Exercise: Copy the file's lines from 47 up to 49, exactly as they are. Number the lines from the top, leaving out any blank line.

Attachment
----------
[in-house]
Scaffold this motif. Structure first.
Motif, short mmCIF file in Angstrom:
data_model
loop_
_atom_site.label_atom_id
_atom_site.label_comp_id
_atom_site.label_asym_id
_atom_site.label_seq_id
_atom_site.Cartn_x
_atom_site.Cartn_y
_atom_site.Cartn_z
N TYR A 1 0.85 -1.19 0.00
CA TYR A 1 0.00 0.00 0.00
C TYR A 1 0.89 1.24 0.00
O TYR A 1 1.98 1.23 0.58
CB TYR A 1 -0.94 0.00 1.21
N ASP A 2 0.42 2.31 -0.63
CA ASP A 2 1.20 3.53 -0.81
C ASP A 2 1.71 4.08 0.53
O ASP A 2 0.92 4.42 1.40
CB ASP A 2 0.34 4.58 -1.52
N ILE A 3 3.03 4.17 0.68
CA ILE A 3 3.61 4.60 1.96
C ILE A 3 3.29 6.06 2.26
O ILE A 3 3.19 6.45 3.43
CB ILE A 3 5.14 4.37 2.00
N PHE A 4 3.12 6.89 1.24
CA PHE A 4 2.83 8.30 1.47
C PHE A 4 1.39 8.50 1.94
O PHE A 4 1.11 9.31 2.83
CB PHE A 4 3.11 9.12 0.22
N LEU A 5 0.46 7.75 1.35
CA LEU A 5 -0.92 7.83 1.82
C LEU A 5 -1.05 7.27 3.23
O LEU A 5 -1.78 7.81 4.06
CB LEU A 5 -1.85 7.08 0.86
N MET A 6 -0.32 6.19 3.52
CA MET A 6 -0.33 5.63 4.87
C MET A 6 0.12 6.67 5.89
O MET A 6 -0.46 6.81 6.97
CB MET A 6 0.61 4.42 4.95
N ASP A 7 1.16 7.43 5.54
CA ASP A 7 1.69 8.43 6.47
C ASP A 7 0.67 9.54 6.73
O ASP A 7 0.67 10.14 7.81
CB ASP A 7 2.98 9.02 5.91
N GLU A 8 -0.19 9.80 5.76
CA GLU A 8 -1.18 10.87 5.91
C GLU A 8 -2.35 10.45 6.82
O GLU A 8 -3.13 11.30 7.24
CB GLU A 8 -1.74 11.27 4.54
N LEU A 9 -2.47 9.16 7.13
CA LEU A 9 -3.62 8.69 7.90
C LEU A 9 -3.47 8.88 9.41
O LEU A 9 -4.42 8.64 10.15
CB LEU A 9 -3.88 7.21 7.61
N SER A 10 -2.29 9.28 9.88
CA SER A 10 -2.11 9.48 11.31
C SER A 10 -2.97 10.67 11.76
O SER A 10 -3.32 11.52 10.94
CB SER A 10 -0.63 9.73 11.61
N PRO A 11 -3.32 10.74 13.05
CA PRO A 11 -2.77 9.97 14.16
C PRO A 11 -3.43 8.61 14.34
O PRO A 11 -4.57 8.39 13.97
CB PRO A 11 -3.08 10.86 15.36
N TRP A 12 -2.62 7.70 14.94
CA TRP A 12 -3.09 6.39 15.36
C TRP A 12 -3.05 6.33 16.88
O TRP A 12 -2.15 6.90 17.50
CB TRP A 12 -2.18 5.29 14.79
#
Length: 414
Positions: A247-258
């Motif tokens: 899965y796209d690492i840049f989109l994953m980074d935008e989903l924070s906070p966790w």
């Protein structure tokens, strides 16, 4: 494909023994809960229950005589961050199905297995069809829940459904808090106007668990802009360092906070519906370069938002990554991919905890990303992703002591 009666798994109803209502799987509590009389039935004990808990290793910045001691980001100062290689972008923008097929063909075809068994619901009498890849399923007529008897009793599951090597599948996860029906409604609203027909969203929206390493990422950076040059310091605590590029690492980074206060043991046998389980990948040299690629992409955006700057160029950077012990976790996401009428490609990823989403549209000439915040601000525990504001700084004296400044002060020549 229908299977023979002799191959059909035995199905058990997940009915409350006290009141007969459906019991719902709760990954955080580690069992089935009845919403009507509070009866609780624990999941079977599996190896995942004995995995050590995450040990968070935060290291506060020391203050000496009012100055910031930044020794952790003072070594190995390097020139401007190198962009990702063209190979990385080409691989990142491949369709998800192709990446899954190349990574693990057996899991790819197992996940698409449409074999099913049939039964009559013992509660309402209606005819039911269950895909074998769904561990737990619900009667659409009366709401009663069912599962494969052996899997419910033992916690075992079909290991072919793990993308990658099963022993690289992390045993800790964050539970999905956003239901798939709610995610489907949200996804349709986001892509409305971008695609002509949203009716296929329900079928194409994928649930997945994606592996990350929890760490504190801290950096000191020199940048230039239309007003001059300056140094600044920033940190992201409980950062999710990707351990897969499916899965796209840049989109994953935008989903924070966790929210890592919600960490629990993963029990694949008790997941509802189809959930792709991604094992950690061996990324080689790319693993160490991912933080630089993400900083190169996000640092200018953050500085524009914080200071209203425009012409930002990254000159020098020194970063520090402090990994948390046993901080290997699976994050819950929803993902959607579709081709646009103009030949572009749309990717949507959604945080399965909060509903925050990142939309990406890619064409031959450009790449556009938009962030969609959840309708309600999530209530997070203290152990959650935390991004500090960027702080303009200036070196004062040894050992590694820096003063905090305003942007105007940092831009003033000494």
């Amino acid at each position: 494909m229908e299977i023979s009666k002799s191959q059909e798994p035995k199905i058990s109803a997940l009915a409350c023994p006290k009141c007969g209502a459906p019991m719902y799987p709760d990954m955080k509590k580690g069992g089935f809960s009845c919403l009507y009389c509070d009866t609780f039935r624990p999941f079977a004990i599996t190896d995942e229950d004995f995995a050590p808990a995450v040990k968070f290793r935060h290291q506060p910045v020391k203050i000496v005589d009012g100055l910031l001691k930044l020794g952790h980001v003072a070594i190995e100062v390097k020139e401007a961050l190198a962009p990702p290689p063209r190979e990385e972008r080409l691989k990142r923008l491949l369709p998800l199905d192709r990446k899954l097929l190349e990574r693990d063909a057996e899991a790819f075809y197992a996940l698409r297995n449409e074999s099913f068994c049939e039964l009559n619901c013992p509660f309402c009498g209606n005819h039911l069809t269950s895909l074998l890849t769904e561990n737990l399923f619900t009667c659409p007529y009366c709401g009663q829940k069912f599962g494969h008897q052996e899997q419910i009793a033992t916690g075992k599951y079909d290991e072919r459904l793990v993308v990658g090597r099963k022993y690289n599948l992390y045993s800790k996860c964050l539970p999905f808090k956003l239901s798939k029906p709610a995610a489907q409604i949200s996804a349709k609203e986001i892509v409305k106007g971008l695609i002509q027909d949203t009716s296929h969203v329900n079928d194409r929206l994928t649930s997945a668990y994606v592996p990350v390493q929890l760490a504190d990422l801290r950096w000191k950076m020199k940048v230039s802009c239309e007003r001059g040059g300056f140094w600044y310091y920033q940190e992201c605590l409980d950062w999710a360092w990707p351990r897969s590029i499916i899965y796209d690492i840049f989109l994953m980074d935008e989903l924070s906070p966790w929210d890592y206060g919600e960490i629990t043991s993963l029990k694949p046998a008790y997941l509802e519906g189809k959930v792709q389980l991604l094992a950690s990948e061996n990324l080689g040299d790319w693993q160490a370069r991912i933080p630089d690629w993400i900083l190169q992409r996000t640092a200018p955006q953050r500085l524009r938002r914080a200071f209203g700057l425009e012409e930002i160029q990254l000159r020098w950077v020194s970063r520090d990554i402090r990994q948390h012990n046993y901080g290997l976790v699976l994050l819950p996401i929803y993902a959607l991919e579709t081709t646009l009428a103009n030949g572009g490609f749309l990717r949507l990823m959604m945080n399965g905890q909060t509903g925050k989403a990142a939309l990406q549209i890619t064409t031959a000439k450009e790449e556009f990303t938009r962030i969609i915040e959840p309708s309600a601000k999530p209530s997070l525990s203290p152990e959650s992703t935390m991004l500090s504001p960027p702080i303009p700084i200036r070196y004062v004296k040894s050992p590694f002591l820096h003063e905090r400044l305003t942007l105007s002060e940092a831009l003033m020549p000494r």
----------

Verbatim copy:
CB ASP A 7 2.98 9.02 5.91
N GLU A 8 -0.19 9.80 5.76
CA GLU A 8 -1.18 10.87 5.91